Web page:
With an area of some 8,000 ha., vegetable production still remains promising in Iloilo City.
Lawyer Hans Sayno is proving that with his garden at his 4,000 square-meter backyard in Mandurriao district, Iloilo City.
He stresses that he has gone organic to promote his health and that of his family.
His farm has growing fruit and timber trees, talisay, mahogany, star apple, babana, guavas, jackfruit, American lemon, papaya, bananas and rows of plots planted to different vegetables.
Hans has just harvested several plots of pechay that his kids sold near the church. He informed me of the sale which must have beenvery brisk because when I got there, his kids were no longer there. The back of the church is just a seven-minutes leisure walk from my place. It did not take an hour for the kids to sell out their pechay.
Hans invited me to his backyard later that same morning of November 27, 2011, to scour (ay mail, “scrounge” is the better term) for pechay left overs to pick some harvestable ones.
A cottage lies beside a pond where tangkong crawls and under it, cat fish.
The garden grows ordinary vegetables aside from pechay — kamote, alogbate, okra, pepper, tomato, squash, green onion, raddish, balunggay, tanglad, tagabang. All are organic. Hansdoes not apply artificial inputs or chemical sprays. For fertilizer, he uses only carabao dung and compost from rice hull.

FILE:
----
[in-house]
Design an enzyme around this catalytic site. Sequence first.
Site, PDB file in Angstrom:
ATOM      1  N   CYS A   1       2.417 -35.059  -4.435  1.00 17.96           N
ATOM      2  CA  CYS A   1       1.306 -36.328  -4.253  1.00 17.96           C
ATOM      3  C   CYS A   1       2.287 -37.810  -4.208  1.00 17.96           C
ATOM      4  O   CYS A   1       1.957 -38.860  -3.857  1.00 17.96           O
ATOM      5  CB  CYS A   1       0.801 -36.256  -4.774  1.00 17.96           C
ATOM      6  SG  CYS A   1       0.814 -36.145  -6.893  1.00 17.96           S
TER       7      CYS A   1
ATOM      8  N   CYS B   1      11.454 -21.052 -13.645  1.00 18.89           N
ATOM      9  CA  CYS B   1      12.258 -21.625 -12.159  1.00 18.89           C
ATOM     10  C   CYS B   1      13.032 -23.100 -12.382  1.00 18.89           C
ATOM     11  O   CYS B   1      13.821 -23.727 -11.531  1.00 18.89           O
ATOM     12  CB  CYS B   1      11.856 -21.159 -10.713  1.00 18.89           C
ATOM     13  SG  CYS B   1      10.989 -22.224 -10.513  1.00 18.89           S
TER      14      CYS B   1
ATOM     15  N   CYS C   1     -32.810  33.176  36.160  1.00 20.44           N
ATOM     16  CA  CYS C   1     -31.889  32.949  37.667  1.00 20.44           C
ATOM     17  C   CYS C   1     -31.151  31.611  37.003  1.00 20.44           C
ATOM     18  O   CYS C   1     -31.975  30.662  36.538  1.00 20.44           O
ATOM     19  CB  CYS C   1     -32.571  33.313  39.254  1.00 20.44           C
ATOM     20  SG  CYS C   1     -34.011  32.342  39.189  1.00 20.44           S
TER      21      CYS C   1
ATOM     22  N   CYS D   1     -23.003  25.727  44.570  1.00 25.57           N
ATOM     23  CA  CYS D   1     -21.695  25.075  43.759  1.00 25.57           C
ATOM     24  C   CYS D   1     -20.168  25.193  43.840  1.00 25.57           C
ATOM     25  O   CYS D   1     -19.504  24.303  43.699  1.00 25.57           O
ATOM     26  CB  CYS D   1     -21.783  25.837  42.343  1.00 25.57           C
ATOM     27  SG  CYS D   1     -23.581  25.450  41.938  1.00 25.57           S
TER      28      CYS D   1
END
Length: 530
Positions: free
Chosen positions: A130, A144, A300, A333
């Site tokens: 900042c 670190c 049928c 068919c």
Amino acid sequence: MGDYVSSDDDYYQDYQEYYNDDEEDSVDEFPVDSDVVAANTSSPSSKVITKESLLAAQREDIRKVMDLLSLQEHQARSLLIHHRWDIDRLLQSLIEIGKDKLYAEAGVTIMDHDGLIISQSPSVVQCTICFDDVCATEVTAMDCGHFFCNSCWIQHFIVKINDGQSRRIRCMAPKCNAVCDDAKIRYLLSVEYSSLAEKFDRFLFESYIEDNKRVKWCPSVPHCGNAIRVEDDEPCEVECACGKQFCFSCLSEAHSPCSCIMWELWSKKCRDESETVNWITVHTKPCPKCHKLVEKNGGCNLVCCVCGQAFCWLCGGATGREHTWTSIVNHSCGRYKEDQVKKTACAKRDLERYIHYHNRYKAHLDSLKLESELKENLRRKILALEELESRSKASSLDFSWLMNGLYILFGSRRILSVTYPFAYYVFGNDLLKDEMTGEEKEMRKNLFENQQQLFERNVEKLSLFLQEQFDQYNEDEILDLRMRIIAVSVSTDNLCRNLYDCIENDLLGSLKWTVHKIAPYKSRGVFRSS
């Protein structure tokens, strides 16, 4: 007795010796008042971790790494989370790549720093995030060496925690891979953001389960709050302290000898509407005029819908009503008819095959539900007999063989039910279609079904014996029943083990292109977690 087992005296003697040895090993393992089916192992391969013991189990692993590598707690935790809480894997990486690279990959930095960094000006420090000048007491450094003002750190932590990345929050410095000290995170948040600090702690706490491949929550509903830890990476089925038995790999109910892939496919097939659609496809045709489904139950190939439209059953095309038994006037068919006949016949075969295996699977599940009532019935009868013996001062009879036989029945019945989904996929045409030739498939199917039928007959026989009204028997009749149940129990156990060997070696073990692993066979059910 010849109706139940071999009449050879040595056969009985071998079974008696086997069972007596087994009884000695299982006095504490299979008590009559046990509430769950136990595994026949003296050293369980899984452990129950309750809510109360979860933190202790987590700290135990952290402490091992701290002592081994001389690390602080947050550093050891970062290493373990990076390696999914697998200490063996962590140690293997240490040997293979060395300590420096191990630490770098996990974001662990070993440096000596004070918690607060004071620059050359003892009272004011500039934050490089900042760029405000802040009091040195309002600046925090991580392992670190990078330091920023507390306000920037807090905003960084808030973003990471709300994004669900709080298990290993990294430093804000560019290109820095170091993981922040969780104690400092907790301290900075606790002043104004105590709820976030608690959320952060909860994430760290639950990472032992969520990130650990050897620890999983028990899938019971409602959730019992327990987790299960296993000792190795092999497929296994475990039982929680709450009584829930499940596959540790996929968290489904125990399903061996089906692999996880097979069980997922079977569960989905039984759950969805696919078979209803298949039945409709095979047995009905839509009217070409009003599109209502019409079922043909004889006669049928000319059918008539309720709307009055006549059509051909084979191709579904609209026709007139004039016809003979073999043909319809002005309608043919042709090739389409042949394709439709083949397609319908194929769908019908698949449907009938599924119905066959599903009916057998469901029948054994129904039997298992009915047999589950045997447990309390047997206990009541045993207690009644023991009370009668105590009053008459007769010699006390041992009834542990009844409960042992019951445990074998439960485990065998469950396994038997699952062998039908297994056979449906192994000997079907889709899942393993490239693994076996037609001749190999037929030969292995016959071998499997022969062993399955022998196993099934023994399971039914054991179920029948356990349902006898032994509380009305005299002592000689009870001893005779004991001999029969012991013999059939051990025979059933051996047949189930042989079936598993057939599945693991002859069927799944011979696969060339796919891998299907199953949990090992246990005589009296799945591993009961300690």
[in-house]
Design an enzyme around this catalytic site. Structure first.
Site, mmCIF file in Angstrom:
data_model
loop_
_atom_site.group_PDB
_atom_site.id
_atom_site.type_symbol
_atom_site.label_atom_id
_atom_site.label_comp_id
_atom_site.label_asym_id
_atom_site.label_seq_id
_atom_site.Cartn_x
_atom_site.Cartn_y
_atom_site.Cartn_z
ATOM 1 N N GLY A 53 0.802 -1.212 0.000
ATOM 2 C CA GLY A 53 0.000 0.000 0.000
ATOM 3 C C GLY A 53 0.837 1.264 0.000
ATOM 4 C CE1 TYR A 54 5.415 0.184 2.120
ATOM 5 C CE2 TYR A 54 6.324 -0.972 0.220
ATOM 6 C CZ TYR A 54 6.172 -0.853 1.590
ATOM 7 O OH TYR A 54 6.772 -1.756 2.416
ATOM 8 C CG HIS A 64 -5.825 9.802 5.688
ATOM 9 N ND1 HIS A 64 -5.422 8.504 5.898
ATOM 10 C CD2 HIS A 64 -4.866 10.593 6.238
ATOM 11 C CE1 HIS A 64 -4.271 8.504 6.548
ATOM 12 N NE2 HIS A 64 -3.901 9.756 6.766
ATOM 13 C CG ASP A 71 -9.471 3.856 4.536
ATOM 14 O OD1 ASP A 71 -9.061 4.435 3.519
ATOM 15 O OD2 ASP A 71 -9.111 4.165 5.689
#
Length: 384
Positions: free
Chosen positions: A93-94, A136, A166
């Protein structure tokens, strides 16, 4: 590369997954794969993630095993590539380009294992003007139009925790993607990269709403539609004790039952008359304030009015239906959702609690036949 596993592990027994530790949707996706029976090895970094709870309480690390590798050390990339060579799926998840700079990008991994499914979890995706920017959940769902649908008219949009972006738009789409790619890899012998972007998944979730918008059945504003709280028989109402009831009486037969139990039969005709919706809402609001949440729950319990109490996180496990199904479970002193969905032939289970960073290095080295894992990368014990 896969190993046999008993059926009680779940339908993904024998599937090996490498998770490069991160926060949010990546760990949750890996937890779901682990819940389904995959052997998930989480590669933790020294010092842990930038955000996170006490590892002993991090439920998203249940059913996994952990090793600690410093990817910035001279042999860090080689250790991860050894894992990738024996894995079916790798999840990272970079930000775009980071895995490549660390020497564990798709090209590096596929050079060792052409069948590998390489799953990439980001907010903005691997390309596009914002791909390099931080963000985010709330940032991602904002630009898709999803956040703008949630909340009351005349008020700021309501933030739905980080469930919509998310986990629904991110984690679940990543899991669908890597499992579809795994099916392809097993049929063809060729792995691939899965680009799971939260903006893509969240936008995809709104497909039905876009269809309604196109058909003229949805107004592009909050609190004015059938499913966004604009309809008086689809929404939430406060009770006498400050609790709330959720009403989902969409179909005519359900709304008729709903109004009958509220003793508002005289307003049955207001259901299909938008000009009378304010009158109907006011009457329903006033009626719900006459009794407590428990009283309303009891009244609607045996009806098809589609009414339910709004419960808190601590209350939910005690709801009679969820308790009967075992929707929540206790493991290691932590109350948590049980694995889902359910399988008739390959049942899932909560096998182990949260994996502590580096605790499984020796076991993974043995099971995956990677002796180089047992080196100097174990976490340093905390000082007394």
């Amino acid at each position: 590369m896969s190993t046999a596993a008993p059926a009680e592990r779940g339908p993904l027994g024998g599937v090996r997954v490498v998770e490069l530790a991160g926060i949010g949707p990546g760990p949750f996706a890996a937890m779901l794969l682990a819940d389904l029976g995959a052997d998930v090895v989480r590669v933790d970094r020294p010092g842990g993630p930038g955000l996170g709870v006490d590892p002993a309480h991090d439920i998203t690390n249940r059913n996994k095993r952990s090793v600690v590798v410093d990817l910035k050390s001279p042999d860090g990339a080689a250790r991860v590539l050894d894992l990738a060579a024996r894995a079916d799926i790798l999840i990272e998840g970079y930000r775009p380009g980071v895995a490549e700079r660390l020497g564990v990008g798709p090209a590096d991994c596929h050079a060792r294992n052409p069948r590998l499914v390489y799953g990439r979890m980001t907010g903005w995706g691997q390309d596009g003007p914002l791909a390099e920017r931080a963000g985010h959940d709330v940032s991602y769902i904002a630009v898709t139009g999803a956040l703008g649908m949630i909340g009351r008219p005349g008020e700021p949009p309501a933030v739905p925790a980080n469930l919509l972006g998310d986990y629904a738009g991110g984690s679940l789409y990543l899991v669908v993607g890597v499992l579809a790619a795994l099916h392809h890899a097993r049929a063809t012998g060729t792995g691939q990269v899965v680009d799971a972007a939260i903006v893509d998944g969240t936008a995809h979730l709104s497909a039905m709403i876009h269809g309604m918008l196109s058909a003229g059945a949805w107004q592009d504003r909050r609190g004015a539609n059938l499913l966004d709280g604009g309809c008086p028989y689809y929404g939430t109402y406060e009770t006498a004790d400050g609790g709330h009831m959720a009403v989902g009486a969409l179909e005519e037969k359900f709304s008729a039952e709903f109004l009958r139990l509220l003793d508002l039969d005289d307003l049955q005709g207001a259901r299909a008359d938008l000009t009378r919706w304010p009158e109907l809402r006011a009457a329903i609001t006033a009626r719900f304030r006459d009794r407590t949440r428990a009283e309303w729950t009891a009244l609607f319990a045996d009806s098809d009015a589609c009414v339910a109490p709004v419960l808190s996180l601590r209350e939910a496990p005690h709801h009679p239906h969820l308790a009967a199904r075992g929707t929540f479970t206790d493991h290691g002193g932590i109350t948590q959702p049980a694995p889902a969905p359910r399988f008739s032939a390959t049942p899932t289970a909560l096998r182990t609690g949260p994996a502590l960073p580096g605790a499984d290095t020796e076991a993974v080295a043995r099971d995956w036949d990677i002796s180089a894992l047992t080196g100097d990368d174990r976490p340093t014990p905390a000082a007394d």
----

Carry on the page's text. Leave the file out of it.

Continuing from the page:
Hans wife takes care of ornamental plants and cooking herbs like basil and oregano nearby. Flowering plants attracts bees and predators that control pests on the vegetable garden.
A screened house serves as nursery to grow seedlings that are approximated ready for planting after the earlier batches of vegetables are harvested. Used laundry basins serve as seed boxes. Hans has ventured into carrots and lettuces to test whether they are suited in lowland.
Hans has a flourishing legal practice but he gets away from his office early afternoon to continue writing with his PC on a bamboo table in the shed by the fishpond where the air is fresh and cool.
For fuel, the family rarely uses the gas stove. The garden has ipil trees and it has a pile of its dried wood standing at the back of the house.
“Ipil-ipil is fast growing. We cut the branches today, it ready for harvest again the next month,” he said.
seedlings sprouting inside used laundry basins converted into seedboxes
Banoy, the gardener picking “pusu saging” (unbloomed banana flower)
Hans Sayno with his eggplants